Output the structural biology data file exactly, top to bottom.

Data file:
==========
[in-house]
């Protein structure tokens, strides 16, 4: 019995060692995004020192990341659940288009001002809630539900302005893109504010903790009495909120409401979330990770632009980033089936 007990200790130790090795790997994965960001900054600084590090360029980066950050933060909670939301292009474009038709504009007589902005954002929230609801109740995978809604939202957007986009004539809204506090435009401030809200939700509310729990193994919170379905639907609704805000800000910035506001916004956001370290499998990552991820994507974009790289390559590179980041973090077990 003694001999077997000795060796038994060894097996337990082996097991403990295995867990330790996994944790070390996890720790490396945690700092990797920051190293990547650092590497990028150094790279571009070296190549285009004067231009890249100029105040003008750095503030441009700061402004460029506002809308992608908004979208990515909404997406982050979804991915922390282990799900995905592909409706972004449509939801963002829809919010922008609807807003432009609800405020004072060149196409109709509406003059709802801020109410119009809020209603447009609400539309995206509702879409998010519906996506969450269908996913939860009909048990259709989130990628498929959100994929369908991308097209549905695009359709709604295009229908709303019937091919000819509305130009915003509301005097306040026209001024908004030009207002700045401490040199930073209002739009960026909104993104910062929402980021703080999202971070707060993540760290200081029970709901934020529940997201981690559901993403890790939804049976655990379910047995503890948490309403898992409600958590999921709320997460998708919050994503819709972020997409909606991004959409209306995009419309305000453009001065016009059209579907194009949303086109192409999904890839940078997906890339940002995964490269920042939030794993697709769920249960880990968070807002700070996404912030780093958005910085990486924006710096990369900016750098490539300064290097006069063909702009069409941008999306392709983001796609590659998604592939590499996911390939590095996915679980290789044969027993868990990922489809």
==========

[in-house]
């Protein structure tokens, strides 16, 4: 019995060692995004020192990341659940288009001002809630539900302005893109504010903790009495909120409401979330990770632009980033089936 007990200790130790090795790997994965960001900054600084590090360029980066950050933060909670939301292009474009038709504009007589902005954002929230609801109740995978809604939202957007986009004539809204506090435009401030809200939700509310729990193994919170379905639907609704805000800000910035506001916004956001370290499998990552991820994507974009790289390559590179980041973090077990 003694001999077997000795060796038994060894097996337990082996097991403990295995867990330790996994944790070390996890720790490396945690700092990797920051190293990547650092590497990028150094790279571009070296190549285009004067231009890249100029105040003008750095503030441009700061402004460029506002809308992608908004979208990515909404997406982050979804991915922390282990799900995905592909409706972004449509939801963002829809919010922008609807807003432009609800405020004072060149196409109709509406003059709802801020109410119009809020209603447009609400539309995206509702879409998010519906996506969450269908996913939860009909048990259709989130990628498929959100994929369908991308097209549905695009359709709604295009229908709303019937091919000819509305130009915003509301005097306040026209001024908004030009207002700045401490040199930073209002739009960026909104993104910062929402980021703080999202971070707060993540760290200081029970709901934020529940997201981690559901993403890790939804049976655990379910047995503890948490309403898992409600958590999921709320997460998708919050994503819709972020997409909606991004959409209306995009419309305000453009001065016009059209579907194009949303086109192409999904890839940078997906890339940002995964490269920042939030794993697709769920249960880990968070807002700070996404912030780093958005910085990486924006710096990369900016750098490539300064290097006069063909702009069409941008999306392709983001796609590659998604592939590499996911390939590095996915679980290789044969027993868990990922489809």